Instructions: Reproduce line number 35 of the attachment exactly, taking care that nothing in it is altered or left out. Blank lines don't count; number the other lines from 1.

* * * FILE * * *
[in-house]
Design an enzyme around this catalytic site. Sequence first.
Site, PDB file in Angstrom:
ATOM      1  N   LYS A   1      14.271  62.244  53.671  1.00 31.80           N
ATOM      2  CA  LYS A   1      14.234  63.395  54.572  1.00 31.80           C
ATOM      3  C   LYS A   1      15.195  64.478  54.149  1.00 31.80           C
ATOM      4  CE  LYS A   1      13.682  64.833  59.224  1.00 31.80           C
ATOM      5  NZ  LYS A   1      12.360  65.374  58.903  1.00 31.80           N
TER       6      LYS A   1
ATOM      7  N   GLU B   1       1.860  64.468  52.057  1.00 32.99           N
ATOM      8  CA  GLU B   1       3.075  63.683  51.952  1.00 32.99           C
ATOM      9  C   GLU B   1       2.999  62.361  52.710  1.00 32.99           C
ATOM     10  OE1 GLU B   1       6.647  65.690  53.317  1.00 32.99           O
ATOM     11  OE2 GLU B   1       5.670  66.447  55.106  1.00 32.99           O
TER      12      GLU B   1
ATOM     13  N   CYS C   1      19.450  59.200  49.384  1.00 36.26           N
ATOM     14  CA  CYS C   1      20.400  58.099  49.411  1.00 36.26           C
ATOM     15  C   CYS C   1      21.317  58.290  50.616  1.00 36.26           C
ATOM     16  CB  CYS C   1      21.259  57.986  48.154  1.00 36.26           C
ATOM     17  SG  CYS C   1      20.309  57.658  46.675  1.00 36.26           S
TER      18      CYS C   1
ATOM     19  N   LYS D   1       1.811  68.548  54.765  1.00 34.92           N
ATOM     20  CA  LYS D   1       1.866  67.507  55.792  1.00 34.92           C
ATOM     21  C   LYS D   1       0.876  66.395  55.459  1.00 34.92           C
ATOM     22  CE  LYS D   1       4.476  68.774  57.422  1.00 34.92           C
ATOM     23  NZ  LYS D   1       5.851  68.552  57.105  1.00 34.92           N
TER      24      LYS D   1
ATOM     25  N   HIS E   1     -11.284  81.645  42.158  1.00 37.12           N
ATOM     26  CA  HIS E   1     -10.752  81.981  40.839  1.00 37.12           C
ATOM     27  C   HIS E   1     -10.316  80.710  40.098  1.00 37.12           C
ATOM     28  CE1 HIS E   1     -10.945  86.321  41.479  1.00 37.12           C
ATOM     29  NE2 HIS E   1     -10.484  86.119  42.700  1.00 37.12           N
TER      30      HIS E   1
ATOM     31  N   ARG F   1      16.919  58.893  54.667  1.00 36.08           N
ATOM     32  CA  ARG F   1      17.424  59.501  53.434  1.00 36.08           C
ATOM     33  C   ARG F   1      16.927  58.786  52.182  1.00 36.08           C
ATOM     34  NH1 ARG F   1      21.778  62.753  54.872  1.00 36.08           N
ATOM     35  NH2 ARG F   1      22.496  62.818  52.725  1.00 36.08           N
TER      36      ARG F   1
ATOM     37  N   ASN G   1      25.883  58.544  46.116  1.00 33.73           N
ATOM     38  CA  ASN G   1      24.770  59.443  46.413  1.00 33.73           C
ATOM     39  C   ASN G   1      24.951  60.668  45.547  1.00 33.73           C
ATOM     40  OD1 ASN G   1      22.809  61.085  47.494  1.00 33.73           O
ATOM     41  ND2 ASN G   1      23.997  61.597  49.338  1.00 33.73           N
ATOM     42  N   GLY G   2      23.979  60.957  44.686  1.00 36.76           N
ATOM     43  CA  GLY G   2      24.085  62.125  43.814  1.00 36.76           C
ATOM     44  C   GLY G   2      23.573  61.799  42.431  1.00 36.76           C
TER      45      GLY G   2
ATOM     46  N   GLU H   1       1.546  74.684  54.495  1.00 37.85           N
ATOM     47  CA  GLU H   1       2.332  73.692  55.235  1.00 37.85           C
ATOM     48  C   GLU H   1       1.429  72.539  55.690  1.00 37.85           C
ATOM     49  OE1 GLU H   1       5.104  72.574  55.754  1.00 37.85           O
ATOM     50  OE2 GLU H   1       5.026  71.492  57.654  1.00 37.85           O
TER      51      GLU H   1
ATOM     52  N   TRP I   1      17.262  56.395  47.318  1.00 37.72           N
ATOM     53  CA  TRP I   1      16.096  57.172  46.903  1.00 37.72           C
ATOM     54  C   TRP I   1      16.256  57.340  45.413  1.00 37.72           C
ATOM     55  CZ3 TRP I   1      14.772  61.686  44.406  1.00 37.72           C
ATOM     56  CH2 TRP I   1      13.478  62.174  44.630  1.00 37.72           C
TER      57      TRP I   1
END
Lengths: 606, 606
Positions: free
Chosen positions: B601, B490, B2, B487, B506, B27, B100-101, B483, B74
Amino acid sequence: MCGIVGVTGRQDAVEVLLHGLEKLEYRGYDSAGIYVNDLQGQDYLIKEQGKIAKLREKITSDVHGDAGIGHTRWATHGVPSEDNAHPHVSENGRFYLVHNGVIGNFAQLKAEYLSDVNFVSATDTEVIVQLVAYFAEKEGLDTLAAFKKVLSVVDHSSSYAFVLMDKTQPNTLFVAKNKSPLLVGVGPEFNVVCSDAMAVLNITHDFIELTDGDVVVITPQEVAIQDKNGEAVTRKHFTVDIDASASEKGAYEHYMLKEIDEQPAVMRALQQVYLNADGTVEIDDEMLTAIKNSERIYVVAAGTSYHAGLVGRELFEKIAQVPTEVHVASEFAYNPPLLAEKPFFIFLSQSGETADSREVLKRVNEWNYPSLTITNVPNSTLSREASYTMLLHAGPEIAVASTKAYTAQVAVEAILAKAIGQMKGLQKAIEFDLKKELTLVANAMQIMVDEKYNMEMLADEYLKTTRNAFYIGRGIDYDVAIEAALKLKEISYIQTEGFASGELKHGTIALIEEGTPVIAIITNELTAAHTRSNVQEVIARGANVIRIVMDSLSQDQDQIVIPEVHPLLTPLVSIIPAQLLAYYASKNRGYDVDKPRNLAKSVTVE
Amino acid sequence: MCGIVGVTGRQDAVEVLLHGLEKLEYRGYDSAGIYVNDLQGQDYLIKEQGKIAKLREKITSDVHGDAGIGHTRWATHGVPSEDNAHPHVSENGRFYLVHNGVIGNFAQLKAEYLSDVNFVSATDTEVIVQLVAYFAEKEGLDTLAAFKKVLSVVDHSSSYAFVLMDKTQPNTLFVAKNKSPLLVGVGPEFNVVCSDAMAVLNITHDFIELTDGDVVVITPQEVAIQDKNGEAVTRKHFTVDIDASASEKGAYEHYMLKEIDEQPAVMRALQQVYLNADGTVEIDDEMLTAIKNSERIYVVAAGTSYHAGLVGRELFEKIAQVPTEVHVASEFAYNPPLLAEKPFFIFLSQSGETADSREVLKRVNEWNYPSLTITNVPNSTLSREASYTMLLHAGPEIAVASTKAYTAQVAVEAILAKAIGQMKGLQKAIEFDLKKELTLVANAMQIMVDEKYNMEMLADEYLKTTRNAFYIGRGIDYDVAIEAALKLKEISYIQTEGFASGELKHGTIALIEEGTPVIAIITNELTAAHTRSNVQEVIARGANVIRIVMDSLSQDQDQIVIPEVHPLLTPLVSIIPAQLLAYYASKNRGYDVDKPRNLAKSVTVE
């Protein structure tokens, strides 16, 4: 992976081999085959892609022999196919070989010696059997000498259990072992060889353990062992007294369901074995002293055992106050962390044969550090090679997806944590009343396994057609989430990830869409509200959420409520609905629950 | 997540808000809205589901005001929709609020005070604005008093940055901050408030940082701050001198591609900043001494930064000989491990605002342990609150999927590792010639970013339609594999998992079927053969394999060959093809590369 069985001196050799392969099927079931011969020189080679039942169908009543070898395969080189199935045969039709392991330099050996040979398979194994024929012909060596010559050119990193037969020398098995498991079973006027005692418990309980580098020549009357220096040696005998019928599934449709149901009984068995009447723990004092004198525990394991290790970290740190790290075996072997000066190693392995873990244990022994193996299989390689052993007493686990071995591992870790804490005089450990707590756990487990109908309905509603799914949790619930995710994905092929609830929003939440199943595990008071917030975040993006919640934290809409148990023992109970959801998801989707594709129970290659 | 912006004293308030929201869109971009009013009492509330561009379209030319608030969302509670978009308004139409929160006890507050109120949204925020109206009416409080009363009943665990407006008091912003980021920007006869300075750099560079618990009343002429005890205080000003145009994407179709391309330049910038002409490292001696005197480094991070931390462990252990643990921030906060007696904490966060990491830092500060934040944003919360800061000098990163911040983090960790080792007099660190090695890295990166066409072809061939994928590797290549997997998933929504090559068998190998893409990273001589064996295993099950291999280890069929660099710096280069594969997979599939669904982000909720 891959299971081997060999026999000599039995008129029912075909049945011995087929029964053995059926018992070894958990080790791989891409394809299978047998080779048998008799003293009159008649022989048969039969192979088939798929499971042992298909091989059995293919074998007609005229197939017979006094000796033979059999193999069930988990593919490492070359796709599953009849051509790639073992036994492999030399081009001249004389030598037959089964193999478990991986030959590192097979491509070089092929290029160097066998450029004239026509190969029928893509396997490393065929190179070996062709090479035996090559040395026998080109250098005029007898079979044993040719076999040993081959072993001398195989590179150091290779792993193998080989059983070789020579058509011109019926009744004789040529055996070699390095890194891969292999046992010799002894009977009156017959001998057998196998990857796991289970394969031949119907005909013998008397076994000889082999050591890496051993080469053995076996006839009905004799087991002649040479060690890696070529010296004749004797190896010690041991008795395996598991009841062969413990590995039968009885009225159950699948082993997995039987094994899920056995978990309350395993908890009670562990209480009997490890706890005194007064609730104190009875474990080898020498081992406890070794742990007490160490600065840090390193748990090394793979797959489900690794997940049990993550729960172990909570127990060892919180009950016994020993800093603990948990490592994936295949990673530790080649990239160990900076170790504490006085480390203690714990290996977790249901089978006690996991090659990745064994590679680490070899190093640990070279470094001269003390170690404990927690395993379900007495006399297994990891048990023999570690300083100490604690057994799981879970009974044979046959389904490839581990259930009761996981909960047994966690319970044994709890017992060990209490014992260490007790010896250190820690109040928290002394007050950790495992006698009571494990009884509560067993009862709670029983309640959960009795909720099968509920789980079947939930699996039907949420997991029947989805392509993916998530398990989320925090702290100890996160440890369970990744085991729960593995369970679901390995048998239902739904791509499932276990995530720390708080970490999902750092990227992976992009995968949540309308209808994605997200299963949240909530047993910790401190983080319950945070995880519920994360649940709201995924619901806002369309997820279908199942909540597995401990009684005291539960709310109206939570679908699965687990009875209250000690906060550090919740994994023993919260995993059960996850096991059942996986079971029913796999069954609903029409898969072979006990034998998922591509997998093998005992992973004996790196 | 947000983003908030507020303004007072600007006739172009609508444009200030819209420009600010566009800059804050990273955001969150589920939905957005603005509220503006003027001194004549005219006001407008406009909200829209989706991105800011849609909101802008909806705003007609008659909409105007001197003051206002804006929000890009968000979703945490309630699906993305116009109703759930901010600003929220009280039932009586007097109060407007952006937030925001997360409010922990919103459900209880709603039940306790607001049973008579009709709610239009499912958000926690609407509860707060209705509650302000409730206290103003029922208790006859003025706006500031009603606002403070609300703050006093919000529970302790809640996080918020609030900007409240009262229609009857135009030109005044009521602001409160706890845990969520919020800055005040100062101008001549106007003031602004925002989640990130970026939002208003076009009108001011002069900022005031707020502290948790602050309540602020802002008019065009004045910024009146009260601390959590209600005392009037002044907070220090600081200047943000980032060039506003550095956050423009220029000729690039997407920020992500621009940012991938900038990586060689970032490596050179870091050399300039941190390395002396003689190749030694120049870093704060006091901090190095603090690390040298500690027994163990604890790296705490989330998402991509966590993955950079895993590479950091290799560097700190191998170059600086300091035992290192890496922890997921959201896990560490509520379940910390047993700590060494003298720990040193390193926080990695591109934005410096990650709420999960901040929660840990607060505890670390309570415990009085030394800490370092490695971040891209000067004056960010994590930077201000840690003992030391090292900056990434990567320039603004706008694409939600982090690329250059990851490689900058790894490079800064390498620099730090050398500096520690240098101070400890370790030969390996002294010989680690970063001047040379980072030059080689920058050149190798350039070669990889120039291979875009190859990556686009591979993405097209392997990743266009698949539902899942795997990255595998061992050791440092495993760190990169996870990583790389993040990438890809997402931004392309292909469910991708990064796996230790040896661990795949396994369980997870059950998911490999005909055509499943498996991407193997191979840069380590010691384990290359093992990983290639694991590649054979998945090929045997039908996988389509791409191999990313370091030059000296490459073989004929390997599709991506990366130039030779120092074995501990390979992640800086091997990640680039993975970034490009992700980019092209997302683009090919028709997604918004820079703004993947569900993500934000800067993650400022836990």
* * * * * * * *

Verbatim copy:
ATOM     32  CA  ARG F   1      17.424  59.501  53.434  1.00 36.08           C